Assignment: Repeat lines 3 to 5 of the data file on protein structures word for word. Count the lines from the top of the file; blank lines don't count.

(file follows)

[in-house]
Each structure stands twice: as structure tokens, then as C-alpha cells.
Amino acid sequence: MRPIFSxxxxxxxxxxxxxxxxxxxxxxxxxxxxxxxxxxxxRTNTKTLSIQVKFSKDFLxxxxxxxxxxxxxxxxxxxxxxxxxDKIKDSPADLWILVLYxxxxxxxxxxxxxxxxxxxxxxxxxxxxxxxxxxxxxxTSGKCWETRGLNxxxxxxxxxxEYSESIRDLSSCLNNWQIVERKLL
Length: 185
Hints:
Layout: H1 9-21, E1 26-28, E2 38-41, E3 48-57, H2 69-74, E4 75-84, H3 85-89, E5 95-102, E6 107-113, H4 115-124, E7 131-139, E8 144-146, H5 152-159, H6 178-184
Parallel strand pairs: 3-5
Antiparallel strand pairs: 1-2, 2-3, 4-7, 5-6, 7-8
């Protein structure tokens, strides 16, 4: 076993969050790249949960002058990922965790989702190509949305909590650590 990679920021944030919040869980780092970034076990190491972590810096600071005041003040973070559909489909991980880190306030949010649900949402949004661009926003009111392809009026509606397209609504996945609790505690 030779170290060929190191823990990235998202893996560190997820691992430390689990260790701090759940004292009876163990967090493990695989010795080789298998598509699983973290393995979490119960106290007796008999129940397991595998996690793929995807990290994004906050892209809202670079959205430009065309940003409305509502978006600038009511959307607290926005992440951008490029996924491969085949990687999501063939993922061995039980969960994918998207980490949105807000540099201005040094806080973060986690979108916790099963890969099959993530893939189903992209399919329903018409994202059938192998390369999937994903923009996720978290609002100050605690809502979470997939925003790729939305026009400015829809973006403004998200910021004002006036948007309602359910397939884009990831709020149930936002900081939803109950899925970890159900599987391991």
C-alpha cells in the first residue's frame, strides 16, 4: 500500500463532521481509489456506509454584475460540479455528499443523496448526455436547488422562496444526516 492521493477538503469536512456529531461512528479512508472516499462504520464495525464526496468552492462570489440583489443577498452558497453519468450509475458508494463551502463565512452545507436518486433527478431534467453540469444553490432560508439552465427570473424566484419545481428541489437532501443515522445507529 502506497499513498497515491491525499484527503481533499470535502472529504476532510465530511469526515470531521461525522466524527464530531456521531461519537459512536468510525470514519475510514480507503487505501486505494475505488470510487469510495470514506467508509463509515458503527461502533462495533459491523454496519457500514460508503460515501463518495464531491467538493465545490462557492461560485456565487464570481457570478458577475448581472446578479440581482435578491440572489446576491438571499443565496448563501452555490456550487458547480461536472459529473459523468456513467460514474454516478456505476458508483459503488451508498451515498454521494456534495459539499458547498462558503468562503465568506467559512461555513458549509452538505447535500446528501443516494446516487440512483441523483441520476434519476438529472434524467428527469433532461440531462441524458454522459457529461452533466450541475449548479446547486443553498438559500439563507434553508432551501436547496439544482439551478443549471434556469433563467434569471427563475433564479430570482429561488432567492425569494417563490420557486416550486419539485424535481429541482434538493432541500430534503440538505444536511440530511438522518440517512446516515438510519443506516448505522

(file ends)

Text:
Amino acid sequence: MRPIFSxxxxxxxxxxxxxxxxxxxxxxxxxxxxxxxxxxxxRTNTKTLSIQVKFSKDFLxxxxxxxxxxxxxxxxxxxxxxxxxDKIKDSPADLWILVLYxxxxxxxxxxxxxxxxxxxxxxxxxxxxxxxxxxxxxxTSGKCWETRGLNxxxxxxxxxxEYSESIRDLSSCLNNWQIVERKLL
Length: 185
Hints: